Part 1 in a series on why people study languages.
Why do people study languages? For Money.
On learning I speak Chinese, many people in the US assume it leads to lucrative jobs and general wealth. It hasn’t so far. My interest in Chinese wasn’t economic, but personal. However, I do believe economic interest is a good reason to learn a language, if the language is English.
When I studied Japanese in the mid 90s, two things were happening: Japan’s economic malaise was setting in, and Americans were talking about how Japan was soon to supplant the US. At the time, many people where studying Japanese to help prepare them for a future when Japan would be the top economy in the world. While I was years away from deciding my future, I did feel learning Japanese would help me succeed in the future. Perhaps I even imagined myself as an assistant to our Japanese economic masters, ala Sean Connery in “Rising Sun“. Sadly, that future never came.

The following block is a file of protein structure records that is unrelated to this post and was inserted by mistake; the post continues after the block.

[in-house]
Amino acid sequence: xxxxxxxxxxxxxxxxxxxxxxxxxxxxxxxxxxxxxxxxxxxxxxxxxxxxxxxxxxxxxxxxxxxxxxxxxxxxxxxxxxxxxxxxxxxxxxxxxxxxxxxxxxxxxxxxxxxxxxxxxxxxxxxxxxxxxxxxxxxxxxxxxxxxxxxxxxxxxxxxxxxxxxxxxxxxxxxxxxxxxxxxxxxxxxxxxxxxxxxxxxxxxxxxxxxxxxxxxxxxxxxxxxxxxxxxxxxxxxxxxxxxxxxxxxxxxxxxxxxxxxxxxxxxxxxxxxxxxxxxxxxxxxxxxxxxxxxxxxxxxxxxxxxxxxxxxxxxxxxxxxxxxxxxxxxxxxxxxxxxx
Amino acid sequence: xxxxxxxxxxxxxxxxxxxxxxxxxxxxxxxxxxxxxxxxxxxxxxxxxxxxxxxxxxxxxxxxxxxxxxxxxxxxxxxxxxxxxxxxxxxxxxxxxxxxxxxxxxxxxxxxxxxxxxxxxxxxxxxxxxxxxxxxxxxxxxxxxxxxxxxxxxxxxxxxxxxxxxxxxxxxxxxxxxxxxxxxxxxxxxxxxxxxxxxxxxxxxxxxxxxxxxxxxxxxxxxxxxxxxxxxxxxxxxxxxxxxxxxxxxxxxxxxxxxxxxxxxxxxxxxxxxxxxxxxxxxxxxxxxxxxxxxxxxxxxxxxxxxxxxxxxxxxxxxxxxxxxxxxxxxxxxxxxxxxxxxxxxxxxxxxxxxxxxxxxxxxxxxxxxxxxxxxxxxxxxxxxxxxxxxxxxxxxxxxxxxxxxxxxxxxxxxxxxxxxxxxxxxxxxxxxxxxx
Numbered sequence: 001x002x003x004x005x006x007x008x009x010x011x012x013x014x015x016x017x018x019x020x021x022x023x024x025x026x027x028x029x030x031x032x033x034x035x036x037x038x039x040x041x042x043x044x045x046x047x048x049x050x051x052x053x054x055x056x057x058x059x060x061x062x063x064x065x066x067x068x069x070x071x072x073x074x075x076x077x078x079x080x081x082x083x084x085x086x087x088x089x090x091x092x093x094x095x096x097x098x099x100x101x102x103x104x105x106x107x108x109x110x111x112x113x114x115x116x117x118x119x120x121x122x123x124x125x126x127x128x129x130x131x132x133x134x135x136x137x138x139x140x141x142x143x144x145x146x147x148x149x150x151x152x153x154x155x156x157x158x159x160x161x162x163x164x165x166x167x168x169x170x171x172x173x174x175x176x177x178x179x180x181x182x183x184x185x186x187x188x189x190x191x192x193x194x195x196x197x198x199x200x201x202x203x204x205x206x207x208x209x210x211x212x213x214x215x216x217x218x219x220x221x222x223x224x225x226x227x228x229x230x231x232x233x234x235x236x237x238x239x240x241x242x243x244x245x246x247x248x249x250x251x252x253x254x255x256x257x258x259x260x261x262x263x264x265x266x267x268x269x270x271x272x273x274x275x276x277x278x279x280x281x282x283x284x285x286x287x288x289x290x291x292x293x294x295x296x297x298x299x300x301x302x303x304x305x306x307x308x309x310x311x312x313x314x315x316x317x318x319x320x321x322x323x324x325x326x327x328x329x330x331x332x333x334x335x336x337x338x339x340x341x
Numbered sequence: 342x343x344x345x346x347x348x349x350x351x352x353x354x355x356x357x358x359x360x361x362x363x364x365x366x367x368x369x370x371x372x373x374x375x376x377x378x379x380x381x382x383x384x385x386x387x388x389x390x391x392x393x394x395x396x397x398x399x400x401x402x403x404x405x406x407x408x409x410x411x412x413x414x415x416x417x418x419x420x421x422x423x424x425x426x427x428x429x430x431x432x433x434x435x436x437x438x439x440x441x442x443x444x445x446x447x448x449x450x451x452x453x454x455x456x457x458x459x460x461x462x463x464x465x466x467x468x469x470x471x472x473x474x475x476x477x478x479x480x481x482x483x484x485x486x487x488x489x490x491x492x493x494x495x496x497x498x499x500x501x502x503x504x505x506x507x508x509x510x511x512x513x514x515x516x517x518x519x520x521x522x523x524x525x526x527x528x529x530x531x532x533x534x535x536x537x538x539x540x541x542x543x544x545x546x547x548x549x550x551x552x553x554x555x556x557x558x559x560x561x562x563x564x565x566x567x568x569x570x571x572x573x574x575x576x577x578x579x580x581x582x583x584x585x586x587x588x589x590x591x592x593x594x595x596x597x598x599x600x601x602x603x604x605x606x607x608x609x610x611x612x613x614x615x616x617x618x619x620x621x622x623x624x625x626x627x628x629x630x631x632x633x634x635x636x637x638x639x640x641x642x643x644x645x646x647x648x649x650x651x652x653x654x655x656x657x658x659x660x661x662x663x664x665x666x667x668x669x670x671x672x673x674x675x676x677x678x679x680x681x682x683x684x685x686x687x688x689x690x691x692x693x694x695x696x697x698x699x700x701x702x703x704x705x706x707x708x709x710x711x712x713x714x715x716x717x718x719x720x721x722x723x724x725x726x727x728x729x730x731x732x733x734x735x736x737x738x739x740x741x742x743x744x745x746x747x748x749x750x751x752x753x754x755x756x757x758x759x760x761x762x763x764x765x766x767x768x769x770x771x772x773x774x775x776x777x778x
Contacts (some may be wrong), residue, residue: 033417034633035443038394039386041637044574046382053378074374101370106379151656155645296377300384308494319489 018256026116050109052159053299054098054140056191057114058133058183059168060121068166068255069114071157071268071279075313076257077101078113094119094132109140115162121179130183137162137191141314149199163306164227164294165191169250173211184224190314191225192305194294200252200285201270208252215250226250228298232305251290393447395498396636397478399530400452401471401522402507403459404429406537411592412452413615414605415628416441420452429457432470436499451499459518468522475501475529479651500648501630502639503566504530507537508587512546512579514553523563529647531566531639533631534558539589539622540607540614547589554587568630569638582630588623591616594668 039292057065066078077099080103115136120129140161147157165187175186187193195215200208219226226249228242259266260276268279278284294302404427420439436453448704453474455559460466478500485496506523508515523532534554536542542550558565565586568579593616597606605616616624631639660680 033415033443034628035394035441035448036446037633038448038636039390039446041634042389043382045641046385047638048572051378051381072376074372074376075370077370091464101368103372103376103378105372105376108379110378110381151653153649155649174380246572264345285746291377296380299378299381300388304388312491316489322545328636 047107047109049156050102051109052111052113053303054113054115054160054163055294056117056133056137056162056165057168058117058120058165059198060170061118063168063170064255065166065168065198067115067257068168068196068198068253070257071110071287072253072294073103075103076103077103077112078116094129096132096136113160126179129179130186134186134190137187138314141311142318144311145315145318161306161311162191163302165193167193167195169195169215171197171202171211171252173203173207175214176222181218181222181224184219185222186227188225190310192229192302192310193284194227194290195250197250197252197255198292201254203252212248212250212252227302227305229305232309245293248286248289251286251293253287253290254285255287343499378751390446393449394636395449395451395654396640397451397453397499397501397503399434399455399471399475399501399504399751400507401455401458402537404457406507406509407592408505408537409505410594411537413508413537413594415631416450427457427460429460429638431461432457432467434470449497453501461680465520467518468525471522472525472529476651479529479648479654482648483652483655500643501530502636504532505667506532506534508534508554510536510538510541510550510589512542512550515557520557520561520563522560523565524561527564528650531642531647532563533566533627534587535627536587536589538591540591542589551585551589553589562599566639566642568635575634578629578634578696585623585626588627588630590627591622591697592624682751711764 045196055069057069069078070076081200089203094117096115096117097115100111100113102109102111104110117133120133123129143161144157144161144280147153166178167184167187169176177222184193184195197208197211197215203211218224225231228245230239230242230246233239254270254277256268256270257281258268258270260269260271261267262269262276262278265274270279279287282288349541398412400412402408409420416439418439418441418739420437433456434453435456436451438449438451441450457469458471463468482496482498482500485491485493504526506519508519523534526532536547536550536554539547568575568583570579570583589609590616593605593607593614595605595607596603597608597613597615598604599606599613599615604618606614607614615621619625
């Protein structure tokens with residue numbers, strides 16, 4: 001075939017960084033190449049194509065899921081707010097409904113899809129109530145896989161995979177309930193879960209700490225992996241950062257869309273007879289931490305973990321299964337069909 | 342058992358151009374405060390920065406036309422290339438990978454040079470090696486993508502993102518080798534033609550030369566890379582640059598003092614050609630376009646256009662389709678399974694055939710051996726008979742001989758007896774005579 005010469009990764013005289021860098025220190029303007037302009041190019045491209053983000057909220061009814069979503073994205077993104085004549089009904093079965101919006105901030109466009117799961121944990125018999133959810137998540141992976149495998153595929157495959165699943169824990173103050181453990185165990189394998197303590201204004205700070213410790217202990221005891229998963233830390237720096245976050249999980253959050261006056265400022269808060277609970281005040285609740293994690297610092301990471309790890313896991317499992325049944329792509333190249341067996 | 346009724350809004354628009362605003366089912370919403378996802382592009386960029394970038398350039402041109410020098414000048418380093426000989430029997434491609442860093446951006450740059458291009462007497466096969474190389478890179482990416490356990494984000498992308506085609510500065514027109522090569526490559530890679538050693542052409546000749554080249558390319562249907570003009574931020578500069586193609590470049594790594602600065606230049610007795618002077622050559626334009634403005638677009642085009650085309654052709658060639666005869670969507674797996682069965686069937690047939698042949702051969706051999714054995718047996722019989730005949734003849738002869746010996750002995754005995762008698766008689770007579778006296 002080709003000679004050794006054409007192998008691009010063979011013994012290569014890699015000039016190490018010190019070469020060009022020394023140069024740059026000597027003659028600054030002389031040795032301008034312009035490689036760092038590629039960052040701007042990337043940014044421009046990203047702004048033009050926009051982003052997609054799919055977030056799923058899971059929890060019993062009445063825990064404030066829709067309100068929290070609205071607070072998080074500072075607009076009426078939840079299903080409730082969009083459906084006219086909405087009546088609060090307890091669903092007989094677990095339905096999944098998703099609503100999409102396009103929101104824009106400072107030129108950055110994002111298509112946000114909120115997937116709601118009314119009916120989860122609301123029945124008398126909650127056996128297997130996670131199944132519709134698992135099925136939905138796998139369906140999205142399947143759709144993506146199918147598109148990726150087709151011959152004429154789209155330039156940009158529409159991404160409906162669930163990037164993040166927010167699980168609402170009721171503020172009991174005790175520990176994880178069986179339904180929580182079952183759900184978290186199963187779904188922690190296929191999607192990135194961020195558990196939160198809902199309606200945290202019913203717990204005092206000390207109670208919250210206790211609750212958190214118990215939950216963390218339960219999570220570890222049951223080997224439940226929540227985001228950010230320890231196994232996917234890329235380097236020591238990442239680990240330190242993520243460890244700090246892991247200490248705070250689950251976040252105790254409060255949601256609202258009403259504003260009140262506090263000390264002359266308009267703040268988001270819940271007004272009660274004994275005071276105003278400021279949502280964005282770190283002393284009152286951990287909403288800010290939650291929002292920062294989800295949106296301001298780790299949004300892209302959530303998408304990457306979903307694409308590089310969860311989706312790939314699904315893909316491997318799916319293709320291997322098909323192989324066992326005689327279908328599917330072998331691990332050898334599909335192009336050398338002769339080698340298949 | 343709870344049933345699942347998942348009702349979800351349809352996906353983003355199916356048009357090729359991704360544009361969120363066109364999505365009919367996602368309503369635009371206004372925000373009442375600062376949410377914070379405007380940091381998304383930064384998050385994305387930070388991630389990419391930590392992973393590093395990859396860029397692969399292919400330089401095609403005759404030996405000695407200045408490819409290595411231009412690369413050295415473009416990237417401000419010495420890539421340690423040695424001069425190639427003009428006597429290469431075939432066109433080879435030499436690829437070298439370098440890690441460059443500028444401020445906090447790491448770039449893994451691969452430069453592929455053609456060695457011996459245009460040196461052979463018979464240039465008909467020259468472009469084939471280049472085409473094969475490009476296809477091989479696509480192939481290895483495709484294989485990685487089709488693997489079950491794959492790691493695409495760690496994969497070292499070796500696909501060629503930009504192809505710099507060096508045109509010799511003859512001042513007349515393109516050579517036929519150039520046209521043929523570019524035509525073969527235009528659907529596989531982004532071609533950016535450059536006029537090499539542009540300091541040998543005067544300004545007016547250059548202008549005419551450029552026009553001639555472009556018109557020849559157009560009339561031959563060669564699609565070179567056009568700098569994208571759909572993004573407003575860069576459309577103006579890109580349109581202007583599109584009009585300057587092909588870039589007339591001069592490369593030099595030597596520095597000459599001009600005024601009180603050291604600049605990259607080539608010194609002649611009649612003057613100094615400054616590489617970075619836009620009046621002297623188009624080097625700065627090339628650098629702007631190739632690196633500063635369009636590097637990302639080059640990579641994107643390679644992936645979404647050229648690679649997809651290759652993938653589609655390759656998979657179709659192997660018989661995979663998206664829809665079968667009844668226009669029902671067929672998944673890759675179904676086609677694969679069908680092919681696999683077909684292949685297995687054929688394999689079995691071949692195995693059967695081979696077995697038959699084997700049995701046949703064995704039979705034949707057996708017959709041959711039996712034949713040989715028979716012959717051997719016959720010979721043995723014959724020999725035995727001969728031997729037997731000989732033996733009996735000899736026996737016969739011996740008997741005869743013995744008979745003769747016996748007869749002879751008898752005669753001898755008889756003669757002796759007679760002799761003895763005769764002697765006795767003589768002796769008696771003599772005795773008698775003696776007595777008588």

Right now, interest in China and in studying Chinese is rising across the globe. Much of this interest seems based on China’s current and future economic importance in the world. But Mandarin Chinese will never gain the prominence of English in the business world. Chinese requires too much time to master the reading and writing skills essential to do business. One would be better off getting a specialized degree or getting more experience in a specific field rather than solely studying any language in hopes of business success.
Unfortunately, my opinion is in the minority: in the US, more and more students are learning Chinese at all levels. In 2008, Chinese was being taught in 10 times as many elementary schools and 4 times as many middle/high schools (as compared to 1997). And many parents have committed lots of resources to raising a child who will be ready for the day when people who speak Chinese will be at an advantage to everyone else. That’s not a future I’d bet on.
Is trying to get a job a good reason to study a language?
- Rhodes, Nancy C., and Ingrid Pufahl. Foreign Language Teaching in U.S. Schools: Results of a National Survey. Washington, D.C.: Center for Applied Linguistics, 2010.